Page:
What is the worse of the two - too many choices or no choice?
It depends. Having no choice is the worst thing in the world. But the best restaurants in the world or the ones that cost most money have no choices. You go and sit and they feed you. You will have the best meal of your life. Part of the reason is that it would never occur to you to ask for those things ever. How would you know? I went to a very famous restaurant in Copenhagen where you sit and they bring you food. But there was nothing I would even dream of ever ordering. In some healthcare situations, you would not want the doctor to ask you to pick the antibiotics. But there can also be very strong differences between people. My wife cares a lot about the details of home dêcor. When our house was being painted, there were six shades of taupe that all looked the same to me but she said I am an idiot if I think they are all the same. For me, I am happy to ask someone else to pick. On the other hand, I am very thrilled with those thick wine lists in restaurants whereas someone else would get a headache. So for some, the choice can be part of the pleasure.
The ideal set-up is structured choice. Like in the US retirement plans (US), they are moving just as they should. So the first decision is, do you want to have to choose at all or do you want us to choose? If you don't, okay, you are done. But again, you might want to be a bit involved. So there are three choices and you pick one. Then you get someone whose hobby it is to read The Wall Street Journal everyday. That is the best of all worlds because we don't want one-size-fits-all but if we can offer people no choice and other people lots of choice that is the ideal thing. And you will be surprised at how many people take the "no-choice" option. Like in the Swedish social security, they have hundreds and hundreds of mutual funds but now almost everyone takes the default one. In retrospect they could have done without the options at all. But in general, if you are the planner or the government, you want to give people choices but also the choice not to choose.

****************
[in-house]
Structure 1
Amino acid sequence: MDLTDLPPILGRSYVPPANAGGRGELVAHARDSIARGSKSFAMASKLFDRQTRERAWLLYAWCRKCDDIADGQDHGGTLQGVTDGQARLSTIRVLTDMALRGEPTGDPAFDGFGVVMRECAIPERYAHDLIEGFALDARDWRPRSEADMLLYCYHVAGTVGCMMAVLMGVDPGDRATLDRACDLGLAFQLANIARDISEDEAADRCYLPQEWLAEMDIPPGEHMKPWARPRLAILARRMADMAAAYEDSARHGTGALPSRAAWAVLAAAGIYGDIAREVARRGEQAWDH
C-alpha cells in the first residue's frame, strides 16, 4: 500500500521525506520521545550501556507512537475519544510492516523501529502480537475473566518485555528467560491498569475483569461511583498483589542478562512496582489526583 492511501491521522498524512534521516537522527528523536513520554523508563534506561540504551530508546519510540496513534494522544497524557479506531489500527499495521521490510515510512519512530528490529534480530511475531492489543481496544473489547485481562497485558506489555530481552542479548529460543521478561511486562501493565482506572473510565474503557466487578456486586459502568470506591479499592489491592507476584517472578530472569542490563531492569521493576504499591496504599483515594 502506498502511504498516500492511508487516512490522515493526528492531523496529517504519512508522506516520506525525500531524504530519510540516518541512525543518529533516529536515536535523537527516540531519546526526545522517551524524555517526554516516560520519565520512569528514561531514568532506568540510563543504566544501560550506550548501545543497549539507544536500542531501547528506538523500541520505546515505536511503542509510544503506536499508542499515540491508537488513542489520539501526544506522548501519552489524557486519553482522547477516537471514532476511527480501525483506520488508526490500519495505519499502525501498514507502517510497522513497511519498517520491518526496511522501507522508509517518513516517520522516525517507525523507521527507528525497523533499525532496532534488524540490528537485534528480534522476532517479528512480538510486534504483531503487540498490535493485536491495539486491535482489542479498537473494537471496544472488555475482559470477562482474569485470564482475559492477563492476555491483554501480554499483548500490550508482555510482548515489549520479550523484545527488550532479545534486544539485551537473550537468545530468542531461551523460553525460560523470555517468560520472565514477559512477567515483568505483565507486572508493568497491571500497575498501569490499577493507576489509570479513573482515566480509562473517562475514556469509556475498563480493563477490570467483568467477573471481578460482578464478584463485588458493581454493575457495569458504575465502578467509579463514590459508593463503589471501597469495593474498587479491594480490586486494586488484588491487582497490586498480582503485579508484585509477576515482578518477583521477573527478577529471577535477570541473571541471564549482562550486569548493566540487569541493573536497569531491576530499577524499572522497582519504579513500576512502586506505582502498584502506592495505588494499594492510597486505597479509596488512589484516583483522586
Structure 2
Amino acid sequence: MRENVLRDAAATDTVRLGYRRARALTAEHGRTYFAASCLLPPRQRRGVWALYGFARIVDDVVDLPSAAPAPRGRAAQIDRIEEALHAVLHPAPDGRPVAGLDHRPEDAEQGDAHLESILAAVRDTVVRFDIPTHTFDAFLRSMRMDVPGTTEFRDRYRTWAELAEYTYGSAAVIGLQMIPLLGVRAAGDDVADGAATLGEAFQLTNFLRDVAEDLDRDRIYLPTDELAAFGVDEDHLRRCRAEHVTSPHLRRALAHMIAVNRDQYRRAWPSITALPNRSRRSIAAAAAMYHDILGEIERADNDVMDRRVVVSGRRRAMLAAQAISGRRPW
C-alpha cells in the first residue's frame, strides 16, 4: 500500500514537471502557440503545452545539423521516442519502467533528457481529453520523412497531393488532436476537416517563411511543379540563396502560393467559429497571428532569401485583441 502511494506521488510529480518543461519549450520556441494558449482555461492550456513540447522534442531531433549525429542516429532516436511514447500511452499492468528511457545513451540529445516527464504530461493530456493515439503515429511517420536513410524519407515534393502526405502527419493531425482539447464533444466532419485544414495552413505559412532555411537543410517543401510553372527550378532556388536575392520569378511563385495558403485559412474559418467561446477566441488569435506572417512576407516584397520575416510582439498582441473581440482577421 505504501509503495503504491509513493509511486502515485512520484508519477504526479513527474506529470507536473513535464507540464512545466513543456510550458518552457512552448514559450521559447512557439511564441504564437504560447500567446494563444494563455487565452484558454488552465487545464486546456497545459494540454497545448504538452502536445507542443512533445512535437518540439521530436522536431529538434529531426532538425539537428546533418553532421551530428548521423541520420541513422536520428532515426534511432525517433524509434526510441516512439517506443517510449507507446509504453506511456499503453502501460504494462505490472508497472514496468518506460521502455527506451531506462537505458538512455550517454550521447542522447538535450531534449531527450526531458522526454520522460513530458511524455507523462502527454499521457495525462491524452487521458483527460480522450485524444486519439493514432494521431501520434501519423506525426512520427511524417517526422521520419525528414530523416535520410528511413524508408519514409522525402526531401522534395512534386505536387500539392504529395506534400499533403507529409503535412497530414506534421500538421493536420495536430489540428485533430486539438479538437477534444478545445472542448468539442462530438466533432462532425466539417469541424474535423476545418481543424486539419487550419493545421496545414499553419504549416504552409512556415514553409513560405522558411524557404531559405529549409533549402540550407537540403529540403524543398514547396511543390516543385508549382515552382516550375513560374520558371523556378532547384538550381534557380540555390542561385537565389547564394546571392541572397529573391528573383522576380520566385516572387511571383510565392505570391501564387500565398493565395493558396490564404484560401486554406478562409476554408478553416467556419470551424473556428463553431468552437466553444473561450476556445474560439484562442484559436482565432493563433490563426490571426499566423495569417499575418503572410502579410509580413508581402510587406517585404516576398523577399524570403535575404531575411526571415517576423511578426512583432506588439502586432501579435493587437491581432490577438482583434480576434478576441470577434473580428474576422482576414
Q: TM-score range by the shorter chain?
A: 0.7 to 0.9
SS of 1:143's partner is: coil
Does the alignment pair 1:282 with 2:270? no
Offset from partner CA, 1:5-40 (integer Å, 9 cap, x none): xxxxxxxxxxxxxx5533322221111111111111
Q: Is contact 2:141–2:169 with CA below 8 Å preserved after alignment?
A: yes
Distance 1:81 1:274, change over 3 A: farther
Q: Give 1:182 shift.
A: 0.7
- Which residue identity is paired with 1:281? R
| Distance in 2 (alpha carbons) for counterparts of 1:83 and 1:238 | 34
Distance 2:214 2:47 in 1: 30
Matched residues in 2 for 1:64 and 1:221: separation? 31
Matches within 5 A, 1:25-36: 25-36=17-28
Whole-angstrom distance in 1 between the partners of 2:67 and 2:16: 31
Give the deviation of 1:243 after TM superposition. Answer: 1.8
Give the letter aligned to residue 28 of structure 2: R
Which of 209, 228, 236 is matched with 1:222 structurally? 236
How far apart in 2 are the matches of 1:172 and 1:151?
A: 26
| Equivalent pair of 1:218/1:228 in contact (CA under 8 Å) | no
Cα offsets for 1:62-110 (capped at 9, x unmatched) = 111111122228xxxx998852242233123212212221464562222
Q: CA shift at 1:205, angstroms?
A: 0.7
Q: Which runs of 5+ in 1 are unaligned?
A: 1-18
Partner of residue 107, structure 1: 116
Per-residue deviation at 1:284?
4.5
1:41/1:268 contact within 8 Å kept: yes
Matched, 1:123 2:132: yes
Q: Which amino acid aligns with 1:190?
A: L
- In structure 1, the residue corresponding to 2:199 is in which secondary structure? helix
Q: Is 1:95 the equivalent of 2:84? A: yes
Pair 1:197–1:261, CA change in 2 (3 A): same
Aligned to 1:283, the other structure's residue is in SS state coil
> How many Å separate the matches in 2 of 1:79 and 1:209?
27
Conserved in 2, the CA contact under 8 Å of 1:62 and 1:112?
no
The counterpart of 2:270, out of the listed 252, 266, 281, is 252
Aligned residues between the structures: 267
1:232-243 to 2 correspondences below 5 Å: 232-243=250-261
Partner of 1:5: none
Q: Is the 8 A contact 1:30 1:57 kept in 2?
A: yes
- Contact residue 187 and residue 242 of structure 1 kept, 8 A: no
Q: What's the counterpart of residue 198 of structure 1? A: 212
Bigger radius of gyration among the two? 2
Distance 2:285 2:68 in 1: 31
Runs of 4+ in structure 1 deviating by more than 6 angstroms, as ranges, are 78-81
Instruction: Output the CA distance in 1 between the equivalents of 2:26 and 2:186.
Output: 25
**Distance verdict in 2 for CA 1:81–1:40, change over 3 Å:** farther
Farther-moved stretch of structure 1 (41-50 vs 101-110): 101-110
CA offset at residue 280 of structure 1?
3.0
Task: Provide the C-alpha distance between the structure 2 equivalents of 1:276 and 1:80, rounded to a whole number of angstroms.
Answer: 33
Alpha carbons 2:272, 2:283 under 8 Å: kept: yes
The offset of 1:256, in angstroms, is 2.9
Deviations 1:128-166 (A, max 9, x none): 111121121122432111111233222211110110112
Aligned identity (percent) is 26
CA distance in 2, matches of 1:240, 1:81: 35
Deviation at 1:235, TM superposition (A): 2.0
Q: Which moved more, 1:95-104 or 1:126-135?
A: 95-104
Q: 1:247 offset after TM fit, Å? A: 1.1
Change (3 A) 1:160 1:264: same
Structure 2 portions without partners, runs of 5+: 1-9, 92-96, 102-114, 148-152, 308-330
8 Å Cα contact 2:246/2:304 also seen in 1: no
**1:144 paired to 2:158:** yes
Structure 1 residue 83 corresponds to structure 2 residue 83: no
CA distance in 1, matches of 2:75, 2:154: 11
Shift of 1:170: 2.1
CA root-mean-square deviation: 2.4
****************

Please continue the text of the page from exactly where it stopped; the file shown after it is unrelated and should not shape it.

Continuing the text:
In the case where you talk about junk food in schools, we obviously know what the best choice is. Then why offer a choice at all?
We try to offer a middle course. And we get criticised from both sides. There will be people who will say why stop at nudging? If we know what is right, why don't we make them do it? Then others will say look, this nudging is manipulating and you should stay out of the way altogether, which is impossible. It is clear that we do ban many things in cafeterias, we don't serve alcohol. We have rules against fraud and we need tougher enforcement. We are not going to nudge people to stop killing or raping. We try to show how far you can go without mandates.
The book was well-timed and relevant considering the financial crisis. But have we learnt anything?
(Laughs) Yes, we were rooting for a financial crisis to sell more copies of the book. But sure the crisis demonstrated, in a very large way, what can go wrong. But when it is over, we will be back to the same situation somewhere else. Is there a real estate bubble going on in parts of New Delhi or Mumbai? Seems like it. Do we learn? We just move. We never learn. It is like teaching a group of slow learners. Let me put it this way. I don't expect to be driven out of business by a wave of rationality sweeping the world. Not in my lifetime or yours.
If we don't trust our own decisions, who are the choice architects we trust?